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The following articles appeared in today's The Cornishman:
Time for unity in bid for a university of Cornwall
This week there are renewed calls for a university for the county.
The Cornishman has campaigned long and hard for just that following Exeter University's bid to establish a campus at Trereife.
And while we still strongly support that bid, we are mindful that what is now proposed is a much reduced scheme from the original, with the relocation of the Camborne School of Mines forming the central plank of the development.
Now four college heads from throughout the county have called for a university for Cornwall and they seem to be saying is that it should be established around their existing colleges.
This of course bears examination for in the end of the day we should be looking at the best long term option for the students, the best long term solution to keep them in the county and and the best long term solution to attract others from outside the county to the establishment.
In addition we should also be looking at the best option for attracting business investment to the county: Would a university based at four different sites provide such an attraction and could they be restructured to offer the facilities that a purpose built campus would?
There are of course no easy answers but what is certain is that all those wanting a university for the county should be working together to find common ground so that they might make a unified and cohesive bid to achieve the funding to bring this vital facility to Cornwall.
For while we continue to pull in opposite directions it becomes less and less likely that we will ever achieve our central aim and that is a university that the county and our children so desperately need.
University: Penwith to keep cash back in coffers for the time being
by Alison Rowe
IN A WEEK when college heads are calling for a united effort to provide more university facilities in Cornwall, Penwith Council has decided to keep money earmarked towards a campus at Trereife tucked up safely in its own coffers for the time being.
The council, meeting in secret last week, turned down a request from the University of Exeter to spend £885,000 on buying Trereife, near Penzance.
Instead it has told the University it is still strongly committed to the initiative, but will not spend any more money until it knows the effects of what is a much altered scheme, basically involving re-locating Camborne School of Mines onto the site.
The council also decided to tell Exeter University to buy a two month option on the land itself, and once that is secured then the council will commission an economic impact study to assess the effects of the proposals.
Penwith said that the request required the most careful examination, especially in viewof the reduced nature of the initial proposals.
"In order to be fully informed in respect of the new proposals the council will now be securing a detailed economic impact study to assess the effects of the significantly different scheme, provided the University will extend the time frame," said the council.
The council agreed that Exeter University be advised it was still strongly committed in principle to a university campus and would still reserve the £900,000 earmarked towards it.
The principals of four further education colleges in the county have backed a call for more university facilities. Cornwall College at Pool will soon be publishing a consultative document setting out its view on how to provide more higher education courses locally.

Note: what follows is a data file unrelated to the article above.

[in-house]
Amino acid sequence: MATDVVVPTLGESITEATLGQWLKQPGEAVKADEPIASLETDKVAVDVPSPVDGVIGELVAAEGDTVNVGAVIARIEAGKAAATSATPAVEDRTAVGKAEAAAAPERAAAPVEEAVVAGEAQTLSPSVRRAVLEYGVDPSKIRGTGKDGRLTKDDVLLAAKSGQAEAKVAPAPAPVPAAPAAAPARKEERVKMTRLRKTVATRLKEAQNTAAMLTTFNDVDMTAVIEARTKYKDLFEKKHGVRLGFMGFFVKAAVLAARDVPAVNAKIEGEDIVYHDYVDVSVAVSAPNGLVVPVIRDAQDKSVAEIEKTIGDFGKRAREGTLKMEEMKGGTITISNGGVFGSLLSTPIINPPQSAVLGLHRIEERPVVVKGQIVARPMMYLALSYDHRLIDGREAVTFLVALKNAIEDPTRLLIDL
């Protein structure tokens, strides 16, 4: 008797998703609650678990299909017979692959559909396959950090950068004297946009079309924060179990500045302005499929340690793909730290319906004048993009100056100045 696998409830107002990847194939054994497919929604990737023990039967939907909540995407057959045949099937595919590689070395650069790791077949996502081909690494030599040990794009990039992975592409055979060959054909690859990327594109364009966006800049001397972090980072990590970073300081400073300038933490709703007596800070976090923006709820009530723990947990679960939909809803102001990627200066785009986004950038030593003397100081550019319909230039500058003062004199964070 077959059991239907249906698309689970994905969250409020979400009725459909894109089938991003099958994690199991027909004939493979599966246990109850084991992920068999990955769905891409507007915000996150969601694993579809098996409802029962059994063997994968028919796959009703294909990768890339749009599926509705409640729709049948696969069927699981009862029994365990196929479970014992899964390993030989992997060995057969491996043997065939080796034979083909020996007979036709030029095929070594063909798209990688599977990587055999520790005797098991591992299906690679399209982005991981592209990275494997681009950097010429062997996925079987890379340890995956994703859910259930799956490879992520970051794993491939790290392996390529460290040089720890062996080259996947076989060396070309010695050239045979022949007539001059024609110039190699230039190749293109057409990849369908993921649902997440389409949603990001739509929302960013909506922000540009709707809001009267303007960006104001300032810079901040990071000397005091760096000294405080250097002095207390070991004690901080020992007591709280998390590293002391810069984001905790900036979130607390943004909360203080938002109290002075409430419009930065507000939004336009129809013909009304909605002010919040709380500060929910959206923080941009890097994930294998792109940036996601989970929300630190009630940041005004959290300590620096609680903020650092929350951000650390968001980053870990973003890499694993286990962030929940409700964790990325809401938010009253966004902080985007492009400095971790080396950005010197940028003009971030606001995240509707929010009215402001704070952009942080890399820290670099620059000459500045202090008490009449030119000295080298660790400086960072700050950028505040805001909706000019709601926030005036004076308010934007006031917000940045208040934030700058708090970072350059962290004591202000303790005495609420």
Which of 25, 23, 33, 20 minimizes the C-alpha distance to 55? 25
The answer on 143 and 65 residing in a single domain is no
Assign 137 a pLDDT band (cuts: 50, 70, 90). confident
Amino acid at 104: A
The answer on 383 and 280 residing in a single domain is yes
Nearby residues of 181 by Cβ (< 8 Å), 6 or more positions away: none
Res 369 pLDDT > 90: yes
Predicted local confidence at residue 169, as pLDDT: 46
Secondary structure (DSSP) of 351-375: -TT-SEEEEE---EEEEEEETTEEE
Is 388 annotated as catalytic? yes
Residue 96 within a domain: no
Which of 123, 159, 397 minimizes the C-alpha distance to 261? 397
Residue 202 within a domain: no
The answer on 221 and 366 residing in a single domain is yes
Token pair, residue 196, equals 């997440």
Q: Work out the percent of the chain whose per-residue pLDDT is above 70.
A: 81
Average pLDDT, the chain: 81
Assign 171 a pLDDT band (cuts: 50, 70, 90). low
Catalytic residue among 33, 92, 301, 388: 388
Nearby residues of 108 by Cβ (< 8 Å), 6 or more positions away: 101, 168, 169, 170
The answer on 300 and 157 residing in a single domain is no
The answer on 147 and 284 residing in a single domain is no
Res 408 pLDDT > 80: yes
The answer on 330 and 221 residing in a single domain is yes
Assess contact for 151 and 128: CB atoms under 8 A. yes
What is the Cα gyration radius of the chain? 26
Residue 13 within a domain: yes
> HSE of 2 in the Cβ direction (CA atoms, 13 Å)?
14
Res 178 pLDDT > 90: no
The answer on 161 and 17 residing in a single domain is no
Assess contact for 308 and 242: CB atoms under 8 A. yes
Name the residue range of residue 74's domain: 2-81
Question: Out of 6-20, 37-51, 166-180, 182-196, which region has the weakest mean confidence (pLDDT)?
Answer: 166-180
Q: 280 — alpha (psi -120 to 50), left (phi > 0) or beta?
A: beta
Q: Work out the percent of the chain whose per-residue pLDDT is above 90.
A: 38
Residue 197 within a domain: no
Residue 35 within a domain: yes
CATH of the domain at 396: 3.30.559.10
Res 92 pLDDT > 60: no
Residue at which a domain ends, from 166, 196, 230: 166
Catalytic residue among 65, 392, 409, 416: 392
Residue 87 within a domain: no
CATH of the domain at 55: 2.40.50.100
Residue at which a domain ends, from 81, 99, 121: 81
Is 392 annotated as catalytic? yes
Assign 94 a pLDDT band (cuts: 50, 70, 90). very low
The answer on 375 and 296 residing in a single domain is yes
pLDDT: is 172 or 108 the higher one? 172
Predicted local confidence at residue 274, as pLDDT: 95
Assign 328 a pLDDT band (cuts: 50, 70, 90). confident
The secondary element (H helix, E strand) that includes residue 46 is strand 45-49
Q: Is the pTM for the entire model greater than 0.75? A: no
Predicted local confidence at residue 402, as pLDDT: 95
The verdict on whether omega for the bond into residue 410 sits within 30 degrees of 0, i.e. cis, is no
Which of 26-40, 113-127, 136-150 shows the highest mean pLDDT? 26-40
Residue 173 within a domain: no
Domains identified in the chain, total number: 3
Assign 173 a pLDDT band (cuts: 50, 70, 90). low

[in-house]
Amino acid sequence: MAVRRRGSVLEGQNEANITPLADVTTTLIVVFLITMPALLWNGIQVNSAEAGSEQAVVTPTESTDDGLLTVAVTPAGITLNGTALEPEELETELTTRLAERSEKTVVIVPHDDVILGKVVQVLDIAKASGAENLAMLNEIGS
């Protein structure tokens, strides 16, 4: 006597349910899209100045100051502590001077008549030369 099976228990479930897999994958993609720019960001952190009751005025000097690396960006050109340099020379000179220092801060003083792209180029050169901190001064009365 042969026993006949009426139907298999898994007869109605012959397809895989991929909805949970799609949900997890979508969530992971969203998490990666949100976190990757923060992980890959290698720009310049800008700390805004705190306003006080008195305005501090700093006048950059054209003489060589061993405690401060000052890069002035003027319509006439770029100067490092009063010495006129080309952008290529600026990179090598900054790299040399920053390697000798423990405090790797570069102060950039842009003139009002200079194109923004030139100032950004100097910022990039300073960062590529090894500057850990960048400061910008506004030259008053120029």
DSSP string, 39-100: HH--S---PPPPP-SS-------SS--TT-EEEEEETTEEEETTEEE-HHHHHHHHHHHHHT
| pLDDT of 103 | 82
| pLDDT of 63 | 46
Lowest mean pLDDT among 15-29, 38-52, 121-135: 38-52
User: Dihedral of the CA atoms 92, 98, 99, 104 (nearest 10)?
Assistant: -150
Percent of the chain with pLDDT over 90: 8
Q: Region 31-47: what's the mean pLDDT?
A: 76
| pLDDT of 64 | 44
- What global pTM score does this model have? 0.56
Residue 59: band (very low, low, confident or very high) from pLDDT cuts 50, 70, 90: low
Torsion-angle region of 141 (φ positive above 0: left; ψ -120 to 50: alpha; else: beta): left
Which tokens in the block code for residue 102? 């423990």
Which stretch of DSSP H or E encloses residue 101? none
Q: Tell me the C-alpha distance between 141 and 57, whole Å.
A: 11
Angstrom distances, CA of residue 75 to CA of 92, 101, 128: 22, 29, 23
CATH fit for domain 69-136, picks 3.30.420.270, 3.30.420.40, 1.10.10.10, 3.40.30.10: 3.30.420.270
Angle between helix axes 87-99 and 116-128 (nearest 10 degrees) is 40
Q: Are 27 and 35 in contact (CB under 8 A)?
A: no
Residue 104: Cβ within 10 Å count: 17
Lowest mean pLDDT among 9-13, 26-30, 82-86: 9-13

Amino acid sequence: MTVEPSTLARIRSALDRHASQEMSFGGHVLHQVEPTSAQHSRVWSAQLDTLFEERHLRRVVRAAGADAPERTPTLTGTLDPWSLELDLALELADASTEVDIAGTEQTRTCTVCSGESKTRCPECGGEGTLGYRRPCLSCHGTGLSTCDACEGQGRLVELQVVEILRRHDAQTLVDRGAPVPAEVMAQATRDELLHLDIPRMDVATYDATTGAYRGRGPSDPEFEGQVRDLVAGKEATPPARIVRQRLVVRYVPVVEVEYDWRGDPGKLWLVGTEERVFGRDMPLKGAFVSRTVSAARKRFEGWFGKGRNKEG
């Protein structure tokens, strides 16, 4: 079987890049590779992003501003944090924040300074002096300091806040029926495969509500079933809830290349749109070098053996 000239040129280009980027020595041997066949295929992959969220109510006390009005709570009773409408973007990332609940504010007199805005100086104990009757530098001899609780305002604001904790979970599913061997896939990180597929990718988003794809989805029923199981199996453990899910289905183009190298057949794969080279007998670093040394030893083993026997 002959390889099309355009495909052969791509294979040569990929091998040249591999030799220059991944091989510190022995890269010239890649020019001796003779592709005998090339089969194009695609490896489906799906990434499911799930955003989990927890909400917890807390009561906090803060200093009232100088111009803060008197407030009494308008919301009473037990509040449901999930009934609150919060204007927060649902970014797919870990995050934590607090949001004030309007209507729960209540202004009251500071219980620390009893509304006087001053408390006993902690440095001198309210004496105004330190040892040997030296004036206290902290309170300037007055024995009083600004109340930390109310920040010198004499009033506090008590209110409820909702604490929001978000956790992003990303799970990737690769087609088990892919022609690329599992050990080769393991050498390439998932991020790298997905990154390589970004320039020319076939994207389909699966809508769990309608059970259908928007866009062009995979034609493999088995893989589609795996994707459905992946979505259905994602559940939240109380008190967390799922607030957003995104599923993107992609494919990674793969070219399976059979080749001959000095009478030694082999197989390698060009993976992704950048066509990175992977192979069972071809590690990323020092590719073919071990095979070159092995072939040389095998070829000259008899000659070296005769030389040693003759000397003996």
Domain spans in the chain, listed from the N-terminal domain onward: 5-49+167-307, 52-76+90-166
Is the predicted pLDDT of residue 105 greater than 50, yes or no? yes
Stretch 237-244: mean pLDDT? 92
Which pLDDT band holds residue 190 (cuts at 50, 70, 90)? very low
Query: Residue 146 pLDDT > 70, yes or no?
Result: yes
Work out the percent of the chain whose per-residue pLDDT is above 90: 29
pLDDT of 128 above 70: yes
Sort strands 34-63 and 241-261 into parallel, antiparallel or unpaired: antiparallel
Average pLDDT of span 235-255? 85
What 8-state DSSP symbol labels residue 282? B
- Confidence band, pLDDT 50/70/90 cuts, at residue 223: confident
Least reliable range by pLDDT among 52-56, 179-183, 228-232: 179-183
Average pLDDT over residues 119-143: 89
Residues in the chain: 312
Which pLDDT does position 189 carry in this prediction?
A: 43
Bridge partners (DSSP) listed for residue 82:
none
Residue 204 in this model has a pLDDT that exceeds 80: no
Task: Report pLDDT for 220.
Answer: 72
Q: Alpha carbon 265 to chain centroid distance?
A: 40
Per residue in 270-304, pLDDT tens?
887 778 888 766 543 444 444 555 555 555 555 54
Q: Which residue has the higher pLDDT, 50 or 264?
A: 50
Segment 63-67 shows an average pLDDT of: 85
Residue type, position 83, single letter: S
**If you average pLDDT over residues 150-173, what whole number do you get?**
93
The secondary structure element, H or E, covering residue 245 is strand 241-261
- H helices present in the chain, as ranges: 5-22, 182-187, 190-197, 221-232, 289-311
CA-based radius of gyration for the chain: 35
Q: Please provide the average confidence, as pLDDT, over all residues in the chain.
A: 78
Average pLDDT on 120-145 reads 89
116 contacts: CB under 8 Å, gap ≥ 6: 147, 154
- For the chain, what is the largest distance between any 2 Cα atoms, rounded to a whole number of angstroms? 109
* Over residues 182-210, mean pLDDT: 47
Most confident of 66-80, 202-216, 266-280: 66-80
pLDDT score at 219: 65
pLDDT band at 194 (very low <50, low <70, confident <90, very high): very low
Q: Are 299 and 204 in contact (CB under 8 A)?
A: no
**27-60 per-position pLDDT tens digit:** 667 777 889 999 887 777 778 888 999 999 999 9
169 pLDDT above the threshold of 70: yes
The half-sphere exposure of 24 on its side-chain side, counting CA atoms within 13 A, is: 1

This would involve developing the existing college campus as well as those at St Austell College, Truro College and Penwith College.
Cornwall college principal, Dr Alan Stanhope said that it would involve a campus, but not in the way Exeter University planned to have one at Penzance.
"You start with what you have and build on it," he said.
The college principals, Dr Stanhope, Bill Hill (St Austell), Jonathan Burnett (Truro), and Richard Andruszko (Penwith), are urging the Government Office of the South West to support bids to expand higher education.
The principals, who say Cornwall cannot afford to be without its own university, feel that the growth in higher education together with the increased costs would require more students to study locally.
However, Cornish students would lose out because there was inadequate locally provided higher education.
The principals want local universities, further and higher education colleges and stakeholders to get together to discuss university provision in Cornwall. Ideally there should be agreement to avoid wasteful competition. "We are all keen to contribute to these developments in a coordinated way appropriate to the strengths of our respective colleges," they added.
Stuart Franklin, Exeter University press officer said that they welcomed anything that would raise the profile of a university for Cornwall. He said that the principals were using many of the arguments that had been used in favour of the Trereife campus, and agreed there would be no point in duplicating existing provisions. "We have never set out to compete with anyone, our courses would be complementary," he said.
What was crucial about the Trereife proposal was that it would provide a balance to the outflow of students going to other universities.
"We want the campus to attract students from outside the county to balance the outflow." Concerning Penwith's decision Mr Franklin said that the resolutions would be put to the University's council and it would be up to them to decide how to respond.
"That can't happen until March 25 when the next council meeting is," he added.
Copyright © Cornish Weekly Newspapers Ltd 1998
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Last information content change: 12th November 1998